Article

The Not-so-Nice Spice A Teenage Girl With Palpitations and Dry Mouth

Department of Pediatrics, Robert Wood Johnson Medical School, New Brunswick, NJ, USA.
Pediatric emergency care (Impact Factor: 0.92). 12/2011; 27(12):1205-7. DOI: 10.1097/PEC.0b013e31823b26fa
Source: PubMed
1 Follower
 · 
101 Views
  • [Show abstract] [Hide abstract]
    ABSTRACT: In literature, cases of nutmeg abuse have been described repeatedly, but only one fatal case of poisoning was reported [1]. In the present case, myristicin (4 microg/ml) was detected for the first time in the postmortal serum of a 55-year-old woman. Identification was achieved with the aid of UV-VIS spectroscopy and TLC; for quantification, HPLC was used. Because also flunitrazepam (0.072 microg/ml) was found, death had probably been due to the combined toxic effect of both substances. From 1996 to 1998, in a series of cases, seven poisonings with nutmeg were recorded by the Erfurt Poison Information Centre. Even where higher doses (20-80 g of powder) had been ingested, a life-threatening situation was never observed. In one of these cases, a myristicin blood level of 2 microg/ml was measured 8h after ingestion of two to three tablespoonful of nutmeg powder (approx. 14-21 g, or 280-420 mg/kg).
    Forensic Science International 05/2001; 118(1):87-90. DOI:10.1016/S0379-0738(00)00369-8 · 2.12 Impact Factor
  • [Show abstract] [Hide abstract]
    ABSTRACT: Nutmeg is a spice that contains volatile oils comprised of alkyl benzene derivatives (myristicin, elemicin, safrole, etc.), terpenes and myristic acid. Nutmeg has a long history of abuse. This study describes the nutmeg ingestion calls received by Texas poison centers from 1998 to 2004. There were 17 calls involving nutmeg ingestion, of which 64.7% involved intentional abuse. When abuse and non-abuse ingestions were compared, abuse ingestions were more likely to involve males (100 versus 66.7%) and adolescents (55.6 versus 16.7%). The majority of both abuse and non-abuse calls were managed outside of health care facilities (54.5 and 66.7%, respectively). None of the ingestions resulted in more than moderate clinical effects or death.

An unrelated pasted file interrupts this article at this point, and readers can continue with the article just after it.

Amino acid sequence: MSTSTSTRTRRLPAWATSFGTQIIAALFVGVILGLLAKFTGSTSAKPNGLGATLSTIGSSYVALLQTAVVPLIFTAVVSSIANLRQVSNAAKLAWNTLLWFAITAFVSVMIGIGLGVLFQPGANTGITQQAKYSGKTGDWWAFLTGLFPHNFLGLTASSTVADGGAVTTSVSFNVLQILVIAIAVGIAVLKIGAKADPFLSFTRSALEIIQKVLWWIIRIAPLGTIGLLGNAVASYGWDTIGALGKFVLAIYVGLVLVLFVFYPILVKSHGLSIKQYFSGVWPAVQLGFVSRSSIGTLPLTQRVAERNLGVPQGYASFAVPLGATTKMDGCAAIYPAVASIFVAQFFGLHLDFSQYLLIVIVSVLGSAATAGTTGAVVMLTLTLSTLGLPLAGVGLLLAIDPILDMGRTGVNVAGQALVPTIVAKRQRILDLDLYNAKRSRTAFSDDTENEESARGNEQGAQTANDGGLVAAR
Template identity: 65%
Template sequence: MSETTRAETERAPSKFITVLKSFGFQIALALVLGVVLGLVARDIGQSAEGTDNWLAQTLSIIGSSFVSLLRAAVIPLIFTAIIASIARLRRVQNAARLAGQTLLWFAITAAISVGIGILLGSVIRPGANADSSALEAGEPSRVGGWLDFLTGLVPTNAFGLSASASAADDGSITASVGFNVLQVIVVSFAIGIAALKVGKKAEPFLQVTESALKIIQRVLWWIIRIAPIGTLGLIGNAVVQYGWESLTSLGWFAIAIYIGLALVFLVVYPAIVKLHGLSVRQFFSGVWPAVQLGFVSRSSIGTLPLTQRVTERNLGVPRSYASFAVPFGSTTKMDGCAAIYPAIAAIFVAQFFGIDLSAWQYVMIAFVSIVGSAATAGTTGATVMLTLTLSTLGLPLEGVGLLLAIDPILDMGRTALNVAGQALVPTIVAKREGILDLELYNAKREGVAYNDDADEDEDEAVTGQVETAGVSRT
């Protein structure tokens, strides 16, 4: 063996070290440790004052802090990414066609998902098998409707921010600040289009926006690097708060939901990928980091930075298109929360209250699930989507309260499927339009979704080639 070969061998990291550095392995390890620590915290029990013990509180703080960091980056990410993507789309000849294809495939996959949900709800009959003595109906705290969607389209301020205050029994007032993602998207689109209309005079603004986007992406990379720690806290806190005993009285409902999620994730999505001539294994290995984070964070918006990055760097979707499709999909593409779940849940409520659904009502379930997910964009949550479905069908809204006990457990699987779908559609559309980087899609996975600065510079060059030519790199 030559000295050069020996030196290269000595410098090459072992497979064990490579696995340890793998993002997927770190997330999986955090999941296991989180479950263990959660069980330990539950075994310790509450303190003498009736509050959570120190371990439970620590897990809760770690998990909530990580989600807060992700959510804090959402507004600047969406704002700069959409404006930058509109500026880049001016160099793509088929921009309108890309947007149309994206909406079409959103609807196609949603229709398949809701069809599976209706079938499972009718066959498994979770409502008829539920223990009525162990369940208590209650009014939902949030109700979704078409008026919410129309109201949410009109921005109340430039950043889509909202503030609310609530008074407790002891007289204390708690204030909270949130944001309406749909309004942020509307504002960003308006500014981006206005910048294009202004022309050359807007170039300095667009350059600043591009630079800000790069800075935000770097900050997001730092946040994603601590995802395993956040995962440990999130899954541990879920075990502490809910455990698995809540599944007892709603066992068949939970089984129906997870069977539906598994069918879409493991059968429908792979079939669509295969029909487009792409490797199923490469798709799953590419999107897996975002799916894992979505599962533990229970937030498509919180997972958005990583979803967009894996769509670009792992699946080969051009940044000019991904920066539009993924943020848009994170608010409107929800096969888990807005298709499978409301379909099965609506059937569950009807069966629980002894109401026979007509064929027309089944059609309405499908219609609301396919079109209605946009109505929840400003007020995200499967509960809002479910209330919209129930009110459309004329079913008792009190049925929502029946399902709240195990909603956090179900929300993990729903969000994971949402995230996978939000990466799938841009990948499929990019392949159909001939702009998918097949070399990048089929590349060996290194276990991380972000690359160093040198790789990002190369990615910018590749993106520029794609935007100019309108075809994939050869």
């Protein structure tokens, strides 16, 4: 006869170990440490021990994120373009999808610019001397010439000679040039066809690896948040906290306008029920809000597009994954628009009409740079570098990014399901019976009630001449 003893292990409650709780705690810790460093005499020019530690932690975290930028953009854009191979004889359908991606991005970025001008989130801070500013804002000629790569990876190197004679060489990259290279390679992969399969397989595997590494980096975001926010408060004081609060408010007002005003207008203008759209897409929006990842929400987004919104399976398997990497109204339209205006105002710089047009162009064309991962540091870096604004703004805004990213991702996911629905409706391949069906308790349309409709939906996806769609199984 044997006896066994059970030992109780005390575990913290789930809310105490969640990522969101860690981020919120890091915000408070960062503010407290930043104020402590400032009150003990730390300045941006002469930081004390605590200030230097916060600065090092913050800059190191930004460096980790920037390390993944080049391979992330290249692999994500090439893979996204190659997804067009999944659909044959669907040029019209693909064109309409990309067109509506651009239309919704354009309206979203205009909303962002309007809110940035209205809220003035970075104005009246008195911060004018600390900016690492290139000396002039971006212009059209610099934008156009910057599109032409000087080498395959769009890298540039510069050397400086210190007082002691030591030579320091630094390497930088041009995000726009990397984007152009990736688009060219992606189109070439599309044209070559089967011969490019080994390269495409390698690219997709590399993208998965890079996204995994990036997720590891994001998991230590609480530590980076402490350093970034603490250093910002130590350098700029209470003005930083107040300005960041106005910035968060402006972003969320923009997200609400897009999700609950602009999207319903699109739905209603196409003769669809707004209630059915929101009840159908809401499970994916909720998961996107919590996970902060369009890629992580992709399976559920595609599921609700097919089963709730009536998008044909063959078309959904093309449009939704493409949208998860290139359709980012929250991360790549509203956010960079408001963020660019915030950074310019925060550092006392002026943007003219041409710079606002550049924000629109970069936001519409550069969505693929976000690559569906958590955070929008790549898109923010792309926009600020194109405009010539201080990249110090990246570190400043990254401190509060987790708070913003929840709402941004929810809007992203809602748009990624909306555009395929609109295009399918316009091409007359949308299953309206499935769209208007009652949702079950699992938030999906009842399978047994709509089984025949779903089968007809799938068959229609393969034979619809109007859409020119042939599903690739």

Human &amp Experimental Toxicology 12/2005; 24(11):563-6. · 1.41 Impact Factor
  • [Show abstract] [Hide abstract]
    ABSTRACT: BACKGROUND: Unpleasant and frightening side effects associated with the abuse of nutmeg occasionally generate emergency department referrals. We report a young patient's first-time experience with nutmeg and review the mechanisms of its toxicity. CASE REPORT: A 13-year-old female ingested 15-24 g of nutmeg over a 3-hour period and smoked and shared 2 joints of marijuana. To facilitate ingestion, the nutmeg was put into 00-000 gelatin capsules. Bizarre behavior and visual, auditory, and tactile hallucinations developed. She also experienced nausea, gagging, hot/cold sensations, and blurred vision followed by numbness, double, and "triple" vision, headache, and drowsiness. Nystagmus, muscle weakness, and ataxia were present. Her vital signs and laboratory tests were normal. She received 50 g of activated charcoal and except for complaints of dizziness and visual changes, her 2-day admission was uneventful. The central nervous system activity of nutmeg is often postulated to result from biotransformation of its chemical components to amphetamine-like compounds, but this has not been proven. Nutmeg contains several compounds with structural similarities to substances with known central nervous system neuromodulatory activity.
    Journal of toxicology. Clinical toxicology 02/2000; 38(6):671-8. DOI:10.1081/CLT-100102020